After she left Greenbrier County, according to Hanna, she and her sister Pauline went to Washington, D.C. to work for a while. Then, she remembers moving again and working for Macy’s. Here, however, she didn’t work behind a counter. Instead, she actually modelled clothing. Tall, blonde and blue-eyed, she was a popular model, she said. “We didn’t model in the store, but if a group of women wanted to look at some dresses, they would call the store and we would meet them and model the dresses for them,” she continued. “We were even sent to other cities. Sometimes we went on airplanes, but I didn’t like that.”
Hannah’s life settled down following her marriage to Fred Hanna, with whom she had three sons—Leslie, Fred, and Tommy. Her husband was a forest ranger, whom she met in Pocahontas County after she had returned to her home state.
She told an interesting story about her wedding. “Fred asked me if I would like to go to Lewisburg to the State Fair, and I said ‘Sure.’ So we went. After we had walked around the fair and looked at stuff, he told me to go wash my face and fix my hair because he had a surprise for me.” The surprise, it turned out, was that he had arranged for a minister to marry the two of them while they were in Lewisburg. “He had the minister and is wife, and he had the license. He even bought me flowers that matched my dress,” she said. “I was surprised, but we got married.”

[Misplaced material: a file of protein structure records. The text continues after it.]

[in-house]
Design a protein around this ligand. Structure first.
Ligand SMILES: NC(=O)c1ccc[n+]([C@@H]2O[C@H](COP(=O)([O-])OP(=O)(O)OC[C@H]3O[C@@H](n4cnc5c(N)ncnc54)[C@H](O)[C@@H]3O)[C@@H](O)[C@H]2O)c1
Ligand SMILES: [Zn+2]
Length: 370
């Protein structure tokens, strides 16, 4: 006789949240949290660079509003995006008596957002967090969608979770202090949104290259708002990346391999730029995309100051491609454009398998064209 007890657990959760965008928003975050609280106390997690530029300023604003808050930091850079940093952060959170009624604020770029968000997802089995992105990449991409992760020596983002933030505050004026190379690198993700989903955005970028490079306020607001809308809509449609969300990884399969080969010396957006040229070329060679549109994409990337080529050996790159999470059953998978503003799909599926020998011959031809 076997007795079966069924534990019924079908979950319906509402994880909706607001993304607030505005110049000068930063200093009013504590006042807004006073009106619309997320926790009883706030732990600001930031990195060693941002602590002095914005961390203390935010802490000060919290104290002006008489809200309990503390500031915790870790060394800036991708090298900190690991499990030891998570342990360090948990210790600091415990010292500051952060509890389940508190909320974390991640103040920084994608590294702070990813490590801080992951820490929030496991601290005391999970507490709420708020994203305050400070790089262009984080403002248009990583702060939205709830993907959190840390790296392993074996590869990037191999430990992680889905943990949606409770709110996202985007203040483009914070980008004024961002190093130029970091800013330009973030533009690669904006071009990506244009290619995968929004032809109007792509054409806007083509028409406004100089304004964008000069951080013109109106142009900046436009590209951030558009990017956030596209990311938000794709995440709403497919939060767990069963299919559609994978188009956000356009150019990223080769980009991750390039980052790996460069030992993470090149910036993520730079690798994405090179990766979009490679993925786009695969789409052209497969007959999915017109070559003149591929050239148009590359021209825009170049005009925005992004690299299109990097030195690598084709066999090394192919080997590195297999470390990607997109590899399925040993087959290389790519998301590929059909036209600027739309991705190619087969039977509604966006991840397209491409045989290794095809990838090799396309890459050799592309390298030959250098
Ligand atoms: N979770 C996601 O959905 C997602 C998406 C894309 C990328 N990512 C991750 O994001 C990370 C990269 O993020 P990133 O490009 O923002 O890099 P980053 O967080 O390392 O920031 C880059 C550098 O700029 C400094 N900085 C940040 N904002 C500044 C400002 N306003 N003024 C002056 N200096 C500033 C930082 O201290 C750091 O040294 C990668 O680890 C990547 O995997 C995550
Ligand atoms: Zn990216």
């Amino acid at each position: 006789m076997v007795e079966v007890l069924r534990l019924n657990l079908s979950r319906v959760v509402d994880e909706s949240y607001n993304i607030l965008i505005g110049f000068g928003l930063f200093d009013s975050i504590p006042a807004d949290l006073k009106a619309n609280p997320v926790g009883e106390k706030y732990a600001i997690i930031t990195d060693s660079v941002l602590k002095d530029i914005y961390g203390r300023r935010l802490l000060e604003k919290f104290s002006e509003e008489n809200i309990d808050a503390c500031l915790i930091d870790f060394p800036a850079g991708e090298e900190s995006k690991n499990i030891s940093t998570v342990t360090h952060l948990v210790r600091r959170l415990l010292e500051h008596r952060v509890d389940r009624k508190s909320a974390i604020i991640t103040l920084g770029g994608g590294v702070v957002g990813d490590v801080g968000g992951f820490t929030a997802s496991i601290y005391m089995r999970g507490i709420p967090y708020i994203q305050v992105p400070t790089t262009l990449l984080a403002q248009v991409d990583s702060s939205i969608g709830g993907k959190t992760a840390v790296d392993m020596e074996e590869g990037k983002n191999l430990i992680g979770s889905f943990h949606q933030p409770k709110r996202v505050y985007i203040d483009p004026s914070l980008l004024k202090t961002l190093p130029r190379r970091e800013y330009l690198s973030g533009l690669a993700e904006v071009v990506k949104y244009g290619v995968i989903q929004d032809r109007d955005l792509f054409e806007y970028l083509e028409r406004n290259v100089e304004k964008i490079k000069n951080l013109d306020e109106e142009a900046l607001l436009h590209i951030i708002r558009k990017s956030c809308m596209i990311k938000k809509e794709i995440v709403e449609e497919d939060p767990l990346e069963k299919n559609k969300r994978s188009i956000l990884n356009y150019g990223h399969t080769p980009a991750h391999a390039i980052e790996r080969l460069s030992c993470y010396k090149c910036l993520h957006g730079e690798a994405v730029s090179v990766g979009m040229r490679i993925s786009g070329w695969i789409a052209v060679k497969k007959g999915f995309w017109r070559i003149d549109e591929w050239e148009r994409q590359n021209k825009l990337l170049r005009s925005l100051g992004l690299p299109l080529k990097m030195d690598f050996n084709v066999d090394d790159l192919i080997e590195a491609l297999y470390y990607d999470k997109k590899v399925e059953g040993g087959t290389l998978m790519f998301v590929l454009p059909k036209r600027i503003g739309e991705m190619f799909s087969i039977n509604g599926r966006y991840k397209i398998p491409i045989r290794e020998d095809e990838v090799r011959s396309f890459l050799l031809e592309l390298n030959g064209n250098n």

She and her husband ended up in Clay County, where they raised their three sons. There she became a member of the Eastern Star, to which she has belonged for 70 years.
Hazel Hanna has survived three sisters. She has one brother, Joe, who is 96 and lives in Fairmont. He called her on her recent birthday.